A city in France says it can predict COVID-19 surges by analyzing poop in its sewers
- Firefighters in Marseille, France, are fighting COVID-19 by testing sewage water.
- Officials told Insider the technique can spot outbreaks up to 6 days before they happen
- The technique is also fast, accurate, and relatively inexpensive.
A team of French firefighters say they can preempt outbreaks of COVID-19 in their city by analyzing particles of human feces that end up in the sewers.
Every week, heat maps of the city of Marseilles appear on the Twitter account of the Marseille Naval Fire Battalion (Bataillon de marins-pompiers de Marseille, or BMPM), a fire brigade run by the French navy in the city.
-Marins-Pompiers de Marseille (@MarinsPompiers) March 17, 2021
In this tweet, the map in gradients of green to red shows the distribution of the virus around different neighborhoods in the city.
The maps with gradients of blue and brown show the distribution of variants.
Since March 2020, the BMPM has been closely monitoring the spread of COVID-19 by sampling wastewater.
They are taking advantage of the fact that the coronavirus that causes COVID-19 can be detected in poop after infection.
Testing like that offers advantages over other methods: it is quick, requires relatively few resources, and gives a broad picture of an large area with a single test.
One BMPM official told Insider that the wastewater tests can spot clusters of COVID-19 four to six days before people start feeling symptoms.
Compared to the vast resources spent on COVID-19 responses around the world, the technique is also cheap.
Officials told Insider that the setup costs for even a large city would be in the region of $120,000, with ongoing costs as low as $50 a day.
Every Wednesday, in the early hours when people are waking up, vans stamped with the name "COMETE" (Covid Marseille environmental testing expertise) head out to collect samples of sewage water.
These are collected at 37 different nodes where the sewage pools from each neighborhood. They also monitor water from places with vulnerable populations, like nursing homes, and take a sample every day for the whole city.
The firemen take all their equipment with them to the neighborhood. It fits in a box the size of a big suitcase and can be carried in the van.
The water is analyzed with a PCR test, the same type of technology used for nasal swabs on people.
The results show if there are traces of the coronavirus are in the sewage samples, how strong a signal there is, and which variants are in the mix.
Within an hour, the firemen get their first results. And they are ready to spring into action.
If a signal is detected "we put all our energy in that neighborhood", rear admiral Patrick Augier, commander of the BMPM, told Insider.
If levels rise in the city's water, they warn local authorities to anticipate new cases.
If the signal was found in water from one building, all the people in that building get tested to quickly find who could be carrying the virus and isolate them.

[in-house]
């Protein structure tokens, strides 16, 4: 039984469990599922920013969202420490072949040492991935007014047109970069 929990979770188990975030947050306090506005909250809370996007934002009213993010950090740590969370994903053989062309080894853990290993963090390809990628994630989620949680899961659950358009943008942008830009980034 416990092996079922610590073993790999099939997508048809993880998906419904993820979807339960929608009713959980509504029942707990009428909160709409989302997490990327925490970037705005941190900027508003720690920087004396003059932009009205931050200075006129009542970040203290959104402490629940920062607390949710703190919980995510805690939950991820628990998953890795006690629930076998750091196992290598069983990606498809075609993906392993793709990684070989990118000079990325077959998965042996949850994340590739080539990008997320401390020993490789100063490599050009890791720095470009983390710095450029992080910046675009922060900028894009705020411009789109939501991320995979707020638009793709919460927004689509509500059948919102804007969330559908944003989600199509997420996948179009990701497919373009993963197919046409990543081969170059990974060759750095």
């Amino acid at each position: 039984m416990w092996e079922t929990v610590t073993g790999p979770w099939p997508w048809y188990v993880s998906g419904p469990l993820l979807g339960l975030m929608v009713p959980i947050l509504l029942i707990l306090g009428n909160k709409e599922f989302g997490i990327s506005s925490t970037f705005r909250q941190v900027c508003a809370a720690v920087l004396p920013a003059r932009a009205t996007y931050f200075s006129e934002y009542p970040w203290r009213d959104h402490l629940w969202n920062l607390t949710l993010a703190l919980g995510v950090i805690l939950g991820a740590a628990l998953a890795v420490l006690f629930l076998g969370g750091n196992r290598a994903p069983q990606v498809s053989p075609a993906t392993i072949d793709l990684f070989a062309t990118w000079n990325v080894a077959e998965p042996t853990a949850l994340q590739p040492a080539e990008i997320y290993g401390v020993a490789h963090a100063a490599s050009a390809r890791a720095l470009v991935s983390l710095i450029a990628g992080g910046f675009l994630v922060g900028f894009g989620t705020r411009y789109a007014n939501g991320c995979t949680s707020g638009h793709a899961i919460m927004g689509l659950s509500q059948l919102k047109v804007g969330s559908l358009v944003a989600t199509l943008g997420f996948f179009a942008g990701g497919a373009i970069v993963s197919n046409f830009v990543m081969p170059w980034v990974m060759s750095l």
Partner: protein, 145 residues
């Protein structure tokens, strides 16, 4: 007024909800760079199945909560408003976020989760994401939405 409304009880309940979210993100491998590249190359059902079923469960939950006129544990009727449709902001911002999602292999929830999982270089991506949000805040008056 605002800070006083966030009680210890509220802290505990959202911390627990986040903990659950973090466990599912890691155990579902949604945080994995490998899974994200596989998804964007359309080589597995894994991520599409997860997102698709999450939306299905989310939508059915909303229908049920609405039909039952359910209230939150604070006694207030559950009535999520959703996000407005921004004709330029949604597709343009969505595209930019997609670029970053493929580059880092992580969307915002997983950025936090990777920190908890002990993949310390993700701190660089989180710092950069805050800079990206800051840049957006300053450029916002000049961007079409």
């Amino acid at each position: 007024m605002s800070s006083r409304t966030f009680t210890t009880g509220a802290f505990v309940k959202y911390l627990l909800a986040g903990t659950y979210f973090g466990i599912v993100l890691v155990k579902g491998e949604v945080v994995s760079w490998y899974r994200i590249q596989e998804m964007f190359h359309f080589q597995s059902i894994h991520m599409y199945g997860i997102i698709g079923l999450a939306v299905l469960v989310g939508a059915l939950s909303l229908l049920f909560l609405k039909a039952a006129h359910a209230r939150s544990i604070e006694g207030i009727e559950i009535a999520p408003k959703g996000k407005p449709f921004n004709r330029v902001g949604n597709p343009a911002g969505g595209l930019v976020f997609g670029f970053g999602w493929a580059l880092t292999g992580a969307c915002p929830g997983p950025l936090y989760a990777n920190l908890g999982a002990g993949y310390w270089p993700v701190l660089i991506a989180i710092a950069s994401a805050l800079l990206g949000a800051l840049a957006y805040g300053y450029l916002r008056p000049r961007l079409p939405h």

Augier says he can detect if one person is carrying the virus out of a building of 200.
A team also disinfects the buildings and tests surfaces for traces of the virus.
In case of variants, the BMPM can pinpoint in which building the person carrying the virus could be.
The firemen test surfaces for traces of the virus to help them pinpoint on which floor of the building the variant is found and ask all the people on that floor to get tested.
According to an analysis carried by the the BMPM, the technique was over 90% efficient at detecting a cluster of cases.
Augier says that "when the virus is circulating widely, we can do about 30 interventions a day."
He equates his team's response to a kind of warfare.
"You have to go very very fast," he said. "The virus is always a step ahead, it makes variants, it changes behaviour..."
"In this war, I would like us to be able to completely anticipate the situation," he says.
Testing en masse
Wastewater monitoring is not a new field. It has been used to track polio, cholera, and even opioid use in a community.
"A lot of people would be grossed out, but I find wastewater really fascinating. There's a lot of biology, chemistry, physical and chemical processes", Colleen Naughton, associate professor of environmental engineering at UC Merced, told Insider.
It has been used for decades but "has just exploded now, with SARS-CoV-2," she said, using the scientific name for the coronavirus.
Alexandre Lacoste, technical director of the brigade's COMETE project, told Insider in an email that the "technique is like a radar that enables the testing of inhabitants en masse."
Depending on where the water is collected, the sample can monitor a whole city, like the wider Marseille area which has over a million inhabitants, or a single building.
It also provide a wider view of the situation than swab testing, which usually only happens after a person has developed symptoms. Some people might also not be able to get tested, for instance undocumented migrants who might not want to take the risk of being discovered.
University of California San Diego is running a similar program. Smruthi Karthikeyan, a postdoctoral researcher there, told Insider: "The sewage is sort of agnostic that way.
"You're going to pick up [COVID-19 signals] if a person is still asymptomatic or presymptomatic and whether they end up getting tested or not. If they're shedding it in their stool, you're going to see it."
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